“Let’s face it, he’s not a heroic entrepreneur. He’s an efficiency expert. It has been the business of his life to take companies that were mediocre and sclerotic and try to make them efficient and dynamic… That’s his selling point: rigor and productivity. If he can build a capitalist vision around that, he’ll thrive. If not, he’s a punching bag.”
Astute? Very. But it’s a questionable game plan.
Preaching more rigor and increased productivity — which would translate to higher profits for corporate higher-ups and trickle down economics for workers — is hardly the tonic for an overworked and underpaid middleclass.
Obama, on the other hand, can take the upper hand if he touts a more responsible business environment in which government curbs the excesses of big business and enforces a sense of communal obligation: insurance companies that cannot deny policyholders of benefits due them or drop them for pre-existing conditions; banks and financial institutions that cannot run wild with credit card fees, charges and other ploys that catch cardholders unaware and unprepared to pay the consequences; gas, oil, nuclear and energy companies that have to pay the full consequences of their environmental degradation; corporations that spread the wealth to workers rather than to a handful of CEOs; and tax policies that increase the tax burden among the very richest while giving the middleclass a break.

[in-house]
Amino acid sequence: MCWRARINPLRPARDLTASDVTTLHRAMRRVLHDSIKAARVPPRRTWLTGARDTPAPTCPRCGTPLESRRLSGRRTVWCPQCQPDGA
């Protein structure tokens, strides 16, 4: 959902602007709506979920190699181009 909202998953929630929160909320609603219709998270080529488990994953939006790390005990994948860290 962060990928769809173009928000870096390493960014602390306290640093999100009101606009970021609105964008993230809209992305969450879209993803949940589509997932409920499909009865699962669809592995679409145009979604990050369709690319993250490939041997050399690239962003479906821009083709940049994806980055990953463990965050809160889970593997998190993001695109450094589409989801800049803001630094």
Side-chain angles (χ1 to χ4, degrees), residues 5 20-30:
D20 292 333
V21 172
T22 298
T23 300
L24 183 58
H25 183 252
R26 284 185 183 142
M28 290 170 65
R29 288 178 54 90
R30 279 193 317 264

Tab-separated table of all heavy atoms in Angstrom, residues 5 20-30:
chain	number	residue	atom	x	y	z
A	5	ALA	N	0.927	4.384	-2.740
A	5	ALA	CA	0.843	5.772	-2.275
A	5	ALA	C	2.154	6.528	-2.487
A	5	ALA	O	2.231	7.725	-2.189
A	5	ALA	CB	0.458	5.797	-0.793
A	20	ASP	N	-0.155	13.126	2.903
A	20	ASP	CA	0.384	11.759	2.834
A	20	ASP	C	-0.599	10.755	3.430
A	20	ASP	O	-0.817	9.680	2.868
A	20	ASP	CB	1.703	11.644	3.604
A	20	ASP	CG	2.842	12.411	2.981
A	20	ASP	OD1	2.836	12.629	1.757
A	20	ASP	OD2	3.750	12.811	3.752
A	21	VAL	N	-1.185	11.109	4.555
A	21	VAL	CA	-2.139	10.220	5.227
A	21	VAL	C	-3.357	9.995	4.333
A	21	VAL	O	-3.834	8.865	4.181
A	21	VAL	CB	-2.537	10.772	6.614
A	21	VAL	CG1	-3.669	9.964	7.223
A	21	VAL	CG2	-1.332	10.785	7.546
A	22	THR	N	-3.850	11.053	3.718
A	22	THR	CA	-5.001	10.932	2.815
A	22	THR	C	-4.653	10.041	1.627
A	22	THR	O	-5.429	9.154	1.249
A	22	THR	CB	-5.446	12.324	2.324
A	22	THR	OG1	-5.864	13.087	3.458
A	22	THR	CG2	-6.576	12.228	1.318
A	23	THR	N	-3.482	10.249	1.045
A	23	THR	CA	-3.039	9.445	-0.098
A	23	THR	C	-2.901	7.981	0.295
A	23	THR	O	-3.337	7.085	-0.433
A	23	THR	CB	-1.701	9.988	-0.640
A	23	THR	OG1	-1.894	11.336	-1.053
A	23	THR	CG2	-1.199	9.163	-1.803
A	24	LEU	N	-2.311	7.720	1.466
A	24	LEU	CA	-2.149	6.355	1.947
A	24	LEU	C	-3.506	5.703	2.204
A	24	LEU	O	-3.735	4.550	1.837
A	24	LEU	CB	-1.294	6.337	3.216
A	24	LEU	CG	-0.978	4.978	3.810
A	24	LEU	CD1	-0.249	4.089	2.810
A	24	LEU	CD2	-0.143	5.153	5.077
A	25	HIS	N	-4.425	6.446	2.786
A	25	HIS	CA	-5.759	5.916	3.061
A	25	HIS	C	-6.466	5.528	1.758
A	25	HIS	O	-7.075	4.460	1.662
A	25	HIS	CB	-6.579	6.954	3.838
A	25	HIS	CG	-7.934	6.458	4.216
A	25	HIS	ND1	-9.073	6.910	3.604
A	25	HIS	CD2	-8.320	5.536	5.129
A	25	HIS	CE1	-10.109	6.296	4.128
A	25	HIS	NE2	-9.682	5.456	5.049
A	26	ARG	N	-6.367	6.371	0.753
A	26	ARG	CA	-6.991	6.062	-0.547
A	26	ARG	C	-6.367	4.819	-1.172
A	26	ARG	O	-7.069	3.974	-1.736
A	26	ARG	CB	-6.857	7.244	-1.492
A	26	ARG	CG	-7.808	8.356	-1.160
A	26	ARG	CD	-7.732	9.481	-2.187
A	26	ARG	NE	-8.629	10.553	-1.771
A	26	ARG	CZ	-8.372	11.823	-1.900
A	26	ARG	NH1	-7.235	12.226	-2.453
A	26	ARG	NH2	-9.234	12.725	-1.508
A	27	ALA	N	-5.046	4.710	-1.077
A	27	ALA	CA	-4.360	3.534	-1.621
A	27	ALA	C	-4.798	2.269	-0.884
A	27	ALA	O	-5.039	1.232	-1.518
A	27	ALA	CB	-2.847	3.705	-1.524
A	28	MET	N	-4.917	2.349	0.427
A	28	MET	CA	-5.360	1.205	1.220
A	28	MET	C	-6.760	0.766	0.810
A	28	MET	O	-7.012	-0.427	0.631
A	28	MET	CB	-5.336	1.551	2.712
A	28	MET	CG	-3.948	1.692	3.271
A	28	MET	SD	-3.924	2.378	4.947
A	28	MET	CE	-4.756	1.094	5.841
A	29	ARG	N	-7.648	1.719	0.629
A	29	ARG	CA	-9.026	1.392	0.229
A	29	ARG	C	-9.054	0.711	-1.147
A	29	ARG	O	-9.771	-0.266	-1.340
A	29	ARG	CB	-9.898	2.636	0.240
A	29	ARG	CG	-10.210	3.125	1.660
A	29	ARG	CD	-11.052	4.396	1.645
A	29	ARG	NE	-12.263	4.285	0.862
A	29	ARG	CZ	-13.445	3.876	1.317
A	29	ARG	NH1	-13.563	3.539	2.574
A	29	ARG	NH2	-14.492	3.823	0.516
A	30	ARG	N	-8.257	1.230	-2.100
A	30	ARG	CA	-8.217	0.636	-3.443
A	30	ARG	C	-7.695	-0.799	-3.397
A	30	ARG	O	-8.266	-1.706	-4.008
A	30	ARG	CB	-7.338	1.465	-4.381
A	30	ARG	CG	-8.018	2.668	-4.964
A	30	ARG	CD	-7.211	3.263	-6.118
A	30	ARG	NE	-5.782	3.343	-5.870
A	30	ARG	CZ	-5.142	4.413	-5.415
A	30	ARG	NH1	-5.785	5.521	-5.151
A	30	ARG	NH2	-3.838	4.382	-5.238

That Romney’s strength, like today’s faltering capitalistic model, is his economic rigor and fierce productivity — at whatever costs to the workers involved, or the nation — may well be the argument that decides the election.